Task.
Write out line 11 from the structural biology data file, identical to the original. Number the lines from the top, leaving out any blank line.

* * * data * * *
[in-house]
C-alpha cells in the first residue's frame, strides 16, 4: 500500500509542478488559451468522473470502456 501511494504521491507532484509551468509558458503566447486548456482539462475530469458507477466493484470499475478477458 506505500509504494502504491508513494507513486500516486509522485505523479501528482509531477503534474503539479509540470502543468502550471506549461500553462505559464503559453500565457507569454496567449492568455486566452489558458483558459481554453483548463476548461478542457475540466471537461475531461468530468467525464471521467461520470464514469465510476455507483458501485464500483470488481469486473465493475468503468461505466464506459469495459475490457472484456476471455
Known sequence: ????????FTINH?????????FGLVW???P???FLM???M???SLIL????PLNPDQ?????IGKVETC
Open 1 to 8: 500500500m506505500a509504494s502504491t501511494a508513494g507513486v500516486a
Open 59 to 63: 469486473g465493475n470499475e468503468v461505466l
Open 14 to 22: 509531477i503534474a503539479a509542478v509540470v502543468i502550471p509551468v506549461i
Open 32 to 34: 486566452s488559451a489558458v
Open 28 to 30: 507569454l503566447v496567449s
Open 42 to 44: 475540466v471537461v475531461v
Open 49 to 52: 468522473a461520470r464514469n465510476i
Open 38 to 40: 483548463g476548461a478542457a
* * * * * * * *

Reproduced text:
Open 38 to 40: 483548463g476548461a478542457a